CB: In a recent interview Steve Holliday, who’s the boss of the National Grid, talked about the idea of baseload generation being outdated, and I just wondered what your view was on that?
LS: I think if you look in the broader context – again you asked me if I was king of the world in 2030, what would be my vision – I think if you move out into that horizon then you’re seeing a world where the baseload capacity that we’re used to today and previous decades, may not well be there in the same fashion. Do I think that we would need some form of baseload? Yes, I do, because I think the way other areas of our market will evolve you will need these big chunks of capacity. But we’re certainly evolving into a market that is looking at more localised, distributed generation, than I think anyone dreamed possible. Certainly, if you look at the speed of uptake for solar, it’s outstripped any projections. So, I think we are moving into this new world, this exciting world that I referred to earlier, and I think those are the kind of points that people are, that are bringing forward here. You know, on the one hand you could view it: “Oh my god, this is a vast challenge.” On the other: this is actually really exciting and let’s embrace the innovation that we need.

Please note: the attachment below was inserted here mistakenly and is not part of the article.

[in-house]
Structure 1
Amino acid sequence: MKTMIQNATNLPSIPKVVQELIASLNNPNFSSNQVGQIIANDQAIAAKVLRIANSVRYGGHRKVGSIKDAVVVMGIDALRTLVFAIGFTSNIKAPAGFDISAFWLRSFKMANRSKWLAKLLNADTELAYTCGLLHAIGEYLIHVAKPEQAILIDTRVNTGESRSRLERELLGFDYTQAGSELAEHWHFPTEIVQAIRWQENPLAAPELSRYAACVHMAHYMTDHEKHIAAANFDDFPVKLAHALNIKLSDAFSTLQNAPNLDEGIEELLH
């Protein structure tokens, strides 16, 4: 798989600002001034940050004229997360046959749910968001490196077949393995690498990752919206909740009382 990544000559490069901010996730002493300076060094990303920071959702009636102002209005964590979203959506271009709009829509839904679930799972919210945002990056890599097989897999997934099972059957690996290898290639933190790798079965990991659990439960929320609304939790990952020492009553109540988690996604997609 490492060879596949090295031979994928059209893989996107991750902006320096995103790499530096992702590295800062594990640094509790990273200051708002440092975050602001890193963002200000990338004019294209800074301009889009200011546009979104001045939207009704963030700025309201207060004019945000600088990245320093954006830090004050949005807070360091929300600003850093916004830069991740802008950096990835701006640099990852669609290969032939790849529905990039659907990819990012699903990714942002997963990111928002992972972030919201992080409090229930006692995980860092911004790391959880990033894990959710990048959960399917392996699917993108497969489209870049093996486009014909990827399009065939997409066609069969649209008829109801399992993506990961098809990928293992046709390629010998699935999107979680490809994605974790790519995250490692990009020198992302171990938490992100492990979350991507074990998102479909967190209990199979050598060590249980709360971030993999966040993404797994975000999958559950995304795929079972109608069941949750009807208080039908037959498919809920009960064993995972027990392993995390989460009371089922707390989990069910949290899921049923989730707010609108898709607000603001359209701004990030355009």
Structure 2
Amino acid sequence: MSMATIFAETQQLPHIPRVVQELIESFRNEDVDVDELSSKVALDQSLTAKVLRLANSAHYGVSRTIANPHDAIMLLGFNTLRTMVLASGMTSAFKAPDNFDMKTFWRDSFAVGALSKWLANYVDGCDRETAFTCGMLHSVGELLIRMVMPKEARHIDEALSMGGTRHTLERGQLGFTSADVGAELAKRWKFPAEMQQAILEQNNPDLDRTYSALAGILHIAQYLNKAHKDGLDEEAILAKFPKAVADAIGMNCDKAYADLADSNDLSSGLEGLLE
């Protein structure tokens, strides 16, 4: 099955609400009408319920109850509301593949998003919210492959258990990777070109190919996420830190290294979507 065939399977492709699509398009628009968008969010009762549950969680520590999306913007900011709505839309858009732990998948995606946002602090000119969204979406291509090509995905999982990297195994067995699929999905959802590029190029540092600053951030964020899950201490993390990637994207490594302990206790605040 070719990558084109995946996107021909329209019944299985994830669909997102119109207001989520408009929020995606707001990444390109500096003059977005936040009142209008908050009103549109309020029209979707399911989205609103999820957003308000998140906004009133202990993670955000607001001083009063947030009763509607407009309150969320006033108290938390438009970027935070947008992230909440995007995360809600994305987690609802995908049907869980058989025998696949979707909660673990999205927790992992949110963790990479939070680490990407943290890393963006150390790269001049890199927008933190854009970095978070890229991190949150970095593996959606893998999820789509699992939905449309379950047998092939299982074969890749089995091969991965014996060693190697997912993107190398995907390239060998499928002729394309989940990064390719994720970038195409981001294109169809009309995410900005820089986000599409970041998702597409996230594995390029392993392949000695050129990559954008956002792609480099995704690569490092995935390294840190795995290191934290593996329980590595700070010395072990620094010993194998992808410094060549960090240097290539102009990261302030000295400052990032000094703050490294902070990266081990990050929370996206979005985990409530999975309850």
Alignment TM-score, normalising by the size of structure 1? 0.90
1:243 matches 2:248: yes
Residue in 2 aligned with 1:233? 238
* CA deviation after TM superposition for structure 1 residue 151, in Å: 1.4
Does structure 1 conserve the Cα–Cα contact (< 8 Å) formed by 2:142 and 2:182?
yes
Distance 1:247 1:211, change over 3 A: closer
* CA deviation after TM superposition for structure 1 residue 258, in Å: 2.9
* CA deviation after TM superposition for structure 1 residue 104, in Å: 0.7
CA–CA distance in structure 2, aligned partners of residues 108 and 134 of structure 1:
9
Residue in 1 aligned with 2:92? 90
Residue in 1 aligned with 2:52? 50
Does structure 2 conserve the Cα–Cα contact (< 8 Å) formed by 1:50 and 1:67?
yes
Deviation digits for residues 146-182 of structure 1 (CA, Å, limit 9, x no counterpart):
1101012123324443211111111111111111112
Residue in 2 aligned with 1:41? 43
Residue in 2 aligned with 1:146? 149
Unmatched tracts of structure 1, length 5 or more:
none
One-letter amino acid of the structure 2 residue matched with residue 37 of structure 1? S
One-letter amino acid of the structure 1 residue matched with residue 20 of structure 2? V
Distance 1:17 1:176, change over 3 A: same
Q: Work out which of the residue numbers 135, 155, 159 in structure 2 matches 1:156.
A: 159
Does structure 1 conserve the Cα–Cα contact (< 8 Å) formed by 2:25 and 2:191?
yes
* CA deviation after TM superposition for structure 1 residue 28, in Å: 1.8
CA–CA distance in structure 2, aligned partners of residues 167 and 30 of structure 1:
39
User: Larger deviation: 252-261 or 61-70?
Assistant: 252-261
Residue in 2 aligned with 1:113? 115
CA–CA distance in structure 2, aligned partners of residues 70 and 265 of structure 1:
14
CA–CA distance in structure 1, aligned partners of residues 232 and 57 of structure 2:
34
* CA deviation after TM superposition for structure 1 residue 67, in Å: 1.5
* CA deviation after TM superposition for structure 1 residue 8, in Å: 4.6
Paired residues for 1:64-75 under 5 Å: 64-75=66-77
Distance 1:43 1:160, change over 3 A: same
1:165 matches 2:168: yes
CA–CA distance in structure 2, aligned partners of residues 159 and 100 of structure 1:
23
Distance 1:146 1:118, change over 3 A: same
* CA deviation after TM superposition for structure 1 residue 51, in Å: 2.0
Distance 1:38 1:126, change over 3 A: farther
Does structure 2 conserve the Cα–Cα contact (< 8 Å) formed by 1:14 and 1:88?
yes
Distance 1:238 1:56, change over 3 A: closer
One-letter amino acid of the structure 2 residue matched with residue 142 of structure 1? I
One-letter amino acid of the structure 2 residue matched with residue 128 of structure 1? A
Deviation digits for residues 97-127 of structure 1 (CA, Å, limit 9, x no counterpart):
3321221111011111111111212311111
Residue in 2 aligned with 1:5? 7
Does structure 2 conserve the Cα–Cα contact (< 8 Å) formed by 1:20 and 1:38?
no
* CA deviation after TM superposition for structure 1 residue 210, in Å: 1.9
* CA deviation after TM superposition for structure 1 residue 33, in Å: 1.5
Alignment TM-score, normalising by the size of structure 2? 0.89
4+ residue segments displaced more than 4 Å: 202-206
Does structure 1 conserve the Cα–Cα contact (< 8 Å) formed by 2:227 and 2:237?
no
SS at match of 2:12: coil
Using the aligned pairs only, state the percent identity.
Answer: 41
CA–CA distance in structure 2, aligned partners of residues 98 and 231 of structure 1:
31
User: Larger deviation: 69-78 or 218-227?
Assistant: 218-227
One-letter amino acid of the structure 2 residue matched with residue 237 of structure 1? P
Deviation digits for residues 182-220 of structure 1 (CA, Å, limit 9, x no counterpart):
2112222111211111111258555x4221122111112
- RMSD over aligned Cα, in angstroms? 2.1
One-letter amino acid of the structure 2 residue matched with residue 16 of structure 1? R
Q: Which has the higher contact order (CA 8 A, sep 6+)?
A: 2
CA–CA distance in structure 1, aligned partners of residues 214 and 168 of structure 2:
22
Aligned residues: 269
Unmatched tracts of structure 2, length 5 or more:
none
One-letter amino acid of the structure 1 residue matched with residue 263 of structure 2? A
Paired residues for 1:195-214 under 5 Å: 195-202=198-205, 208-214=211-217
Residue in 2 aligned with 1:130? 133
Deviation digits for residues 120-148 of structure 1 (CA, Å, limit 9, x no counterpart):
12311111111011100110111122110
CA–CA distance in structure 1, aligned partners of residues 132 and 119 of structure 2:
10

CB: In terms of coming back to capacity markets, the main reason for that has been the so-called “capacity crunch”. Every winter, or every autumn, we see headlines talking about the potential for blackouts. Do you think that’s actually likely, and if not, why do you think we keep seeing those headlines?